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A Welcome Relief for Contract Prices for the Start of 2020


From 2019 and into 2020 

2019 was Australia’s hottest and driest year on record. This summer saw its fair share of challenges, with the combination of extreme heat, generator and transmission line outages and intense bush fires. This resulted in several days of Lack of Reserve (LOR) conditions, testing the National Electricity Market (NEM) power system and leading to periodic price volatility in SA and VIC in particular. 

With soaring temperatures in December 2019, both NSW and SA hit the market cap price ($14,200/MWh) and on 30 December the Australian Energy Market Operator (AEMO) intervened in the VIC market by activating Reliability and Reserve Emergency Trader (RERT) to sure up supply, as temperatures in some parts exceeded 43 degree Celsius. 

January 2020 saw high spot price outcomes driven by strong volatility in both NSW and VIC. The month started badly with NSW hitting the market cap for an extended period of time on 4 January, as bush fires caused the interconnect between NSW and Victoria to trip and wreak havoc with transmission and substation equipment in the Snowy region, severely constraining output from the Hydro units. As a result, LOR conditions were called with RERT charges triggered for NSW. Strong, heat-driven demand again saw AEMO working hard to maintain supply in NSW with further RERT events on the 23rd and the 31st, with the latter being for both NSW and VIC. However, outside of these volatile periods, spot prices were much weaker than expected, particularly compared to this time last year. 

February’s weather was noticeably cooler, which resulted in less demand on the system, compared to the previous year. Spot prices were significantly lower across all states. SA found itself “islanded” from the electricity grid, following the dramatic weather events at the end of January that resulted in a tornado knocking down at six large transmission towers on one of the main 500kV lines in VIC.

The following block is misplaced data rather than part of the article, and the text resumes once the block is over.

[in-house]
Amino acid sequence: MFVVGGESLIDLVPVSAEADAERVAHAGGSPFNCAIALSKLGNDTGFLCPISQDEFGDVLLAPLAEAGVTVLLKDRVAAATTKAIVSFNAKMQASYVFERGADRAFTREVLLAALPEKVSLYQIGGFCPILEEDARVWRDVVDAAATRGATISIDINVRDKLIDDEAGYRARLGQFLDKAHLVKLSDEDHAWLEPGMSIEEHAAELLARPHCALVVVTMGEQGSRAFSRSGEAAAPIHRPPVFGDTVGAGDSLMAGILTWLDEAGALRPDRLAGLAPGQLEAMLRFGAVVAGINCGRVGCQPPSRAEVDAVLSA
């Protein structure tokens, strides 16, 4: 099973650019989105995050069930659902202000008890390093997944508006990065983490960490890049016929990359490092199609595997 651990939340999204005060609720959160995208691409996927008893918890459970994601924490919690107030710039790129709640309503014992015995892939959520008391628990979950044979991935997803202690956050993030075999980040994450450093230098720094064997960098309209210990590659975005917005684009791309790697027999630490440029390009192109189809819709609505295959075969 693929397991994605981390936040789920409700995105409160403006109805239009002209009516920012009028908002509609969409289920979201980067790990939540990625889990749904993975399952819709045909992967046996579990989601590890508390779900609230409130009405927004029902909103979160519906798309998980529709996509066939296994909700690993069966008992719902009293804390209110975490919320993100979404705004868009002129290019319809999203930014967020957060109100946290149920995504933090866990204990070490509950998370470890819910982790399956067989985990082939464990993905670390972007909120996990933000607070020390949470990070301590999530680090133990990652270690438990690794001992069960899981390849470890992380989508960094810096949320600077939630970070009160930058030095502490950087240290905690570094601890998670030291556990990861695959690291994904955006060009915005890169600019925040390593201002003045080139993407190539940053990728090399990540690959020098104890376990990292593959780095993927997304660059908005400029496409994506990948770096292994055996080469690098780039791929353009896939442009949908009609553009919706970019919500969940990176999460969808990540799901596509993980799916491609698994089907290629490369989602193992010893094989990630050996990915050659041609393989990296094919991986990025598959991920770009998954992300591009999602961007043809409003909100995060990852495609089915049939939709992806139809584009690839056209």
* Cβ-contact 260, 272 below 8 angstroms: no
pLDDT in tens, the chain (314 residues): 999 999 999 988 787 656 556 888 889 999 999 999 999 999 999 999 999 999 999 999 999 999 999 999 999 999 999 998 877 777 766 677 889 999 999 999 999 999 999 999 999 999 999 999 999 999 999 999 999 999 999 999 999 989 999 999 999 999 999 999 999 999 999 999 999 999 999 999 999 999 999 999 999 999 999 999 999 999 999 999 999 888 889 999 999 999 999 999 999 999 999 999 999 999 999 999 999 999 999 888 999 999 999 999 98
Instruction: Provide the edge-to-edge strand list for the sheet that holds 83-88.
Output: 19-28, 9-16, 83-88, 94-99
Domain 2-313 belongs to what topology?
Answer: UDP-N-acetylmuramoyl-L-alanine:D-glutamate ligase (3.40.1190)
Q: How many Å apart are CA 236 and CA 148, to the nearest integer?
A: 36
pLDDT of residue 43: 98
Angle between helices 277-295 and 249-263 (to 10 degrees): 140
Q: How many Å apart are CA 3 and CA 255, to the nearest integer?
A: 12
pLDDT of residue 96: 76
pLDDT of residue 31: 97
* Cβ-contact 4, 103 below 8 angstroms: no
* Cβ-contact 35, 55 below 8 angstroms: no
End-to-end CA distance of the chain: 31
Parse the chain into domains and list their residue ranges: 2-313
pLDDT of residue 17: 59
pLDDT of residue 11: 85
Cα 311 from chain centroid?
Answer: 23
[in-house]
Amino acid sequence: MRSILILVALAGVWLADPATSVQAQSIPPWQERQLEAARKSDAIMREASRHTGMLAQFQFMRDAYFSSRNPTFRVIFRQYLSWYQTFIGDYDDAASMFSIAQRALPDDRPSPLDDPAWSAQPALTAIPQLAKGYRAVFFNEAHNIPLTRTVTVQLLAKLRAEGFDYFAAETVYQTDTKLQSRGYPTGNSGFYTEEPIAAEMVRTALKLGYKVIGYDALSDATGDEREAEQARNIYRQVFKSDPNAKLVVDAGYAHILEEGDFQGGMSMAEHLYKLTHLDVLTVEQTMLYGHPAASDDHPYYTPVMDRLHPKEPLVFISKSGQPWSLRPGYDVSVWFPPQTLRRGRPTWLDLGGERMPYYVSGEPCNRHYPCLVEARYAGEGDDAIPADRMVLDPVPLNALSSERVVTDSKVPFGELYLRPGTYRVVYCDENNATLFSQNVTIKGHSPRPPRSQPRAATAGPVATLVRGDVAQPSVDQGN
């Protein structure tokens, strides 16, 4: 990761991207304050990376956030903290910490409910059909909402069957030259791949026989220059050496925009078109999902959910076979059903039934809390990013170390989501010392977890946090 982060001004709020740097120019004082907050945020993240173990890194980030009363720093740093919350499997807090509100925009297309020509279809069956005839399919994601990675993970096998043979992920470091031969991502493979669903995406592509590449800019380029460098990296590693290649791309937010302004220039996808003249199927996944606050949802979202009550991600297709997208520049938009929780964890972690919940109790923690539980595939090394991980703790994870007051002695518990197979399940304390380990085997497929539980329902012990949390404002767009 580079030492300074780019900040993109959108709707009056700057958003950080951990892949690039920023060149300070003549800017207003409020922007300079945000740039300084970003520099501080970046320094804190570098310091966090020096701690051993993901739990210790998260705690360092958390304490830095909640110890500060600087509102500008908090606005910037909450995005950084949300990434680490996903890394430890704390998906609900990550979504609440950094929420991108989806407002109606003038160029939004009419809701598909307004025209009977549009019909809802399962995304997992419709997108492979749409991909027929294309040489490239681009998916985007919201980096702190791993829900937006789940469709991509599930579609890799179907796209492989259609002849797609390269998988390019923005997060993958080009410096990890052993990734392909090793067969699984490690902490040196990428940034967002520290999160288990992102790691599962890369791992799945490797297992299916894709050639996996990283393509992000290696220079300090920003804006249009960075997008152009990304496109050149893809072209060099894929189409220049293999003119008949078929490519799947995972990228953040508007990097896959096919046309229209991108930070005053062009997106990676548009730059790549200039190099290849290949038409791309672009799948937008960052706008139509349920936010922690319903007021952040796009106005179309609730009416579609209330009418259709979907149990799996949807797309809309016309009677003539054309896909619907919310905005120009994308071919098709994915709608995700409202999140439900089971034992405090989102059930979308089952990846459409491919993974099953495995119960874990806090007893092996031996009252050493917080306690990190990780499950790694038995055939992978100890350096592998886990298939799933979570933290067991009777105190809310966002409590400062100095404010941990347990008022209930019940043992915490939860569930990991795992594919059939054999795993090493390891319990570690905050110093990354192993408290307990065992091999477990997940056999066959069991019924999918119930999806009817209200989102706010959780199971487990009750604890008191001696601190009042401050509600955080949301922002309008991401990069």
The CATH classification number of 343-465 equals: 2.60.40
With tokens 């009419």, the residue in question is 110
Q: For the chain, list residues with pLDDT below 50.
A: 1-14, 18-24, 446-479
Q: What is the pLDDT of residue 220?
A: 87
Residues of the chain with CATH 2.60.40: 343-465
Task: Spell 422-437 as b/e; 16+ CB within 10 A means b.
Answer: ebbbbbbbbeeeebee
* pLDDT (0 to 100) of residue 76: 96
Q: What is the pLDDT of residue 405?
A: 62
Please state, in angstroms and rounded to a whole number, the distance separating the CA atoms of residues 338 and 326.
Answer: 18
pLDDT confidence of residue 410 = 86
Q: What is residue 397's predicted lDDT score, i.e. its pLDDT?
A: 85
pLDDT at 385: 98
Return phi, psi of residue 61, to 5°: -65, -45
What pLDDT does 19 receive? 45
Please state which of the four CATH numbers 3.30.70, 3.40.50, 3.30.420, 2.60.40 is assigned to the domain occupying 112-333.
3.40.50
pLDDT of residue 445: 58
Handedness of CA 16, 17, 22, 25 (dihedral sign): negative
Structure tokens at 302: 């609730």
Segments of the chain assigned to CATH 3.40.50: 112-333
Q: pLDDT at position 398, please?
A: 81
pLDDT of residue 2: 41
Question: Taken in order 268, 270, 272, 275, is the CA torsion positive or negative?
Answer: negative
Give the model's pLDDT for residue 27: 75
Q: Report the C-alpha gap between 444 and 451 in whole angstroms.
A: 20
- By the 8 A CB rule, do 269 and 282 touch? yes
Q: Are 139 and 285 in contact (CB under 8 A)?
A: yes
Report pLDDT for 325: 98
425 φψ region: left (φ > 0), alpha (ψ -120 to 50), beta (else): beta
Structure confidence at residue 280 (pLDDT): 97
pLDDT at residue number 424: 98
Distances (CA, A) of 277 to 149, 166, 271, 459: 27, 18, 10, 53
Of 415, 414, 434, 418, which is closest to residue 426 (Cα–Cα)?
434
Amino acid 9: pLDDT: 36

All in all this made for a very tumultuous 2019/20 summer. 


NEM spot prices to 1 January 2020



Impact on the contract market 

Coming into 2019 all NEM state contract prices opened higher and continued to rise for the better part of the year through and into October. While October 2019 demand was marginally lower compared to October 2018 the mix of generation had some noticeable differences that contributed to an increase price rise. With a drop in black and brown coal generation, we saw this gap filled by wind and the consistent increase in solar although the step change in price was attributed to the swing in gas fired generation. Further to this, hydro was at reduced capacity due to the drought, AGL had issue with 1 unit at Loy Yang A and Mt Piper had decreased production as coal restraints took effect. 

Relief came in November with improved unit availability after significant outages and strong wind conditions. Despite 2019 being the hottest year on record, the back end of the year didn’t see extended spells of hot weather and while there were periods of high spot prices and challenges from bush fires, we didn’t see periods of extreme demands that characterised the previous summer. Cal 20 and 21 contracts in each region ended the month lower, with SA experiencing the largest falls. Participants with units out of service re-affirmed that maintenance work was on track, which helped boosted market confidence. 

The trend in November continued through December and into the New Year. It is interesting to note that SA and VIC who had seen the highest base prices for Cal 20 and 21 through 2019 are now at a point where both years are lower than NSW, with many contracts reaching levels not seen for some time. 

With this decreasing price landscape, EMS has seen clients adjust their procurement strategy with some moving to secure longer-term electricity agreements with their Retailers. 

While it has been a long journey since the 2017 Hazelwood Power station closure contract price rise catalyst, the rapid uptake in new generation sources is finally making inroads. However, it is unknown how COVID-19 (coronavirus) will affect the electricity market in the coming months. EnergyQuest’s March 2020 Quarterly report has indicated that the COVID-19 outbreak is now having major global and local impact on the energy sector. Another hurdle that the NEM is looking to face is the looming closure of AGL Liddell Power Station, with 1 unit being decommissioned in April 2022 and the remaining 3 the following year. While the NEM grapples with energy market transition as it adapts and readjusts, a firm Government direction on a national Energy policy would be a welcome relief that is desperately needed. 





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